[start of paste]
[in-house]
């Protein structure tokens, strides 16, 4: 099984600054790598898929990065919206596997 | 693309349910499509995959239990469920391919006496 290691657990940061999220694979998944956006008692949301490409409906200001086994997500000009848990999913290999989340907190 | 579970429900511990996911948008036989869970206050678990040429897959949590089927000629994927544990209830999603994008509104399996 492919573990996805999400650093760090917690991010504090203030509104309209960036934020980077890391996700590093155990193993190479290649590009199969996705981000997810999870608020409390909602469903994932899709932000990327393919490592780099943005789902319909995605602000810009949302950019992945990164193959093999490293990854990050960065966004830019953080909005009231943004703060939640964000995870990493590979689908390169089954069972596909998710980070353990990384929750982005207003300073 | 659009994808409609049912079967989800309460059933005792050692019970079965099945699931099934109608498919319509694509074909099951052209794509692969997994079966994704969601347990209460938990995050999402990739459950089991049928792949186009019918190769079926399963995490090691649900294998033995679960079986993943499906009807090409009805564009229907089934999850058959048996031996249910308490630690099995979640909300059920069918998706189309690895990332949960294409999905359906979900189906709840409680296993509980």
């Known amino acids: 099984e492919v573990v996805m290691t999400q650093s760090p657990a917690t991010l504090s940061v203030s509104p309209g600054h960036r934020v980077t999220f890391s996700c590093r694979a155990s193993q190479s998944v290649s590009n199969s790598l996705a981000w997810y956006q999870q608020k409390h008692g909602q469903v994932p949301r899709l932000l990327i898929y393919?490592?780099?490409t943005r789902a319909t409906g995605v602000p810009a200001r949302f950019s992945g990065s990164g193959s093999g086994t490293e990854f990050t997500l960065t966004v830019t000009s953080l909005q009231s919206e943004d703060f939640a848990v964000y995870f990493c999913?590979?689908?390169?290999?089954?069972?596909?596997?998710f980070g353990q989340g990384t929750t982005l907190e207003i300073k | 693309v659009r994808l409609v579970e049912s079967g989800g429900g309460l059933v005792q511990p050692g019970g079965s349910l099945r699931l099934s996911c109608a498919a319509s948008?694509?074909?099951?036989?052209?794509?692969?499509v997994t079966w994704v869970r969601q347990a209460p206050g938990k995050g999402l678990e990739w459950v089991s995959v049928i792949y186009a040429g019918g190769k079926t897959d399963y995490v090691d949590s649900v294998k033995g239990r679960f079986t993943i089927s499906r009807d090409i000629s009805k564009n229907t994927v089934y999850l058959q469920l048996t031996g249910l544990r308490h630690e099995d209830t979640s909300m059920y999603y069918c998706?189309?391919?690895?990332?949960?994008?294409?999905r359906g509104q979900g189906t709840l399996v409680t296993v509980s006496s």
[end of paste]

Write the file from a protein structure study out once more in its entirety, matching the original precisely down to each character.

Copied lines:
[in-house]
């Protein structure tokens, strides 16, 4: 099984600054790598898929990065919206596997 | 693309349910499509995959239990469920391919006496 290691657990940061999220694979998944956006008692949301490409409906200001086994997500000009848990999913290999989340907190 | 579970429900511990996911948008036989869970206050678990040429897959949590089927000629994927544990209830999603994008509104399996 492919573990996805999400650093760090917690991010504090203030509104309209960036934020980077890391996700590093155990193993190479290649590009199969996705981000997810999870608020409390909602469903994932899709932000990327393919490592780099943005789902319909995605602000810009949302950019992945990164193959093999490293990854990050960065966004830019953080909005009231943004703060939640964000995870990493590979689908390169089954069972596909998710980070353990990384929750982005207003300073 | 659009994808409609049912079967989800309460059933005792050692019970079965099945699931099934109608498919319509694509074909099951052209794509692969997994079966994704969601347990209460938990995050999402990739459950089991049928792949186009019918190769079926399963995490090691649900294998033995679960079986993943499906009807090409009805564009229907089934999850058959048996031996249910308490630690099995979640909300059920069918998706189309690895990332949960294409999905359906979900189906709840409680296993509980």
């Known amino acids: 099984e492919v573990v996805m290691t999400q650093s760090p657990a917690t991010l504090s940061v203030s509104p309209g600054h960036r934020v980077t999220f890391s996700c590093r694979a155990s193993q190479s998944v290649s590009n199969s790598l996705a981000w997810y956006q999870q608020k409390h008692g909602q469903v994932p949301r899709l932000l990327i898929y393919?490592?780099?490409t943005r789902a319909t409906g995605v602000p810009a200001r949302f950019s992945g990065s990164g193959s093999g086994t490293e990854f990050t997500l960065t966004v830019t000009s953080l909005q009231s919206e943004d703060f939640a848990v964000y995870f990493c999913?590979?689908?390169?290999?089954?069972?596909?596997?998710f980070g353990q989340g990384t929750t982005l907190e207003i300073k | 693309v659009r994808l409609v579970e049912s079967g989800g429900g309460l059933v005792q511990p050692g019970g079965s349910l099945r699931l099934s996911c109608a498919a319509s948008?694509?074909?099951?036989?052209?794509?692969?499509v997994t079966w994704v869970r969601q347990a209460p206050g938990k995050g999402l678990e990739w459950v089991s995959v049928i792949y186009a040429g019918g190769k079926t897959d399963y995490v090691d949590s649900v294998k033995g239990r679960f079986t993943i089927s499906r009807d090409i000629s009805k564009n229907t994927v089934y999850l058959q469920l048996t031996g249910l544990r308490h630690e099995d209830t979640s909300m059920y999603y069918c998706?189309?391919?690895?990332?949960?994008?294409?999905r359906g509104q979900g189906t709840l399996v409680t296993v509980s006496s």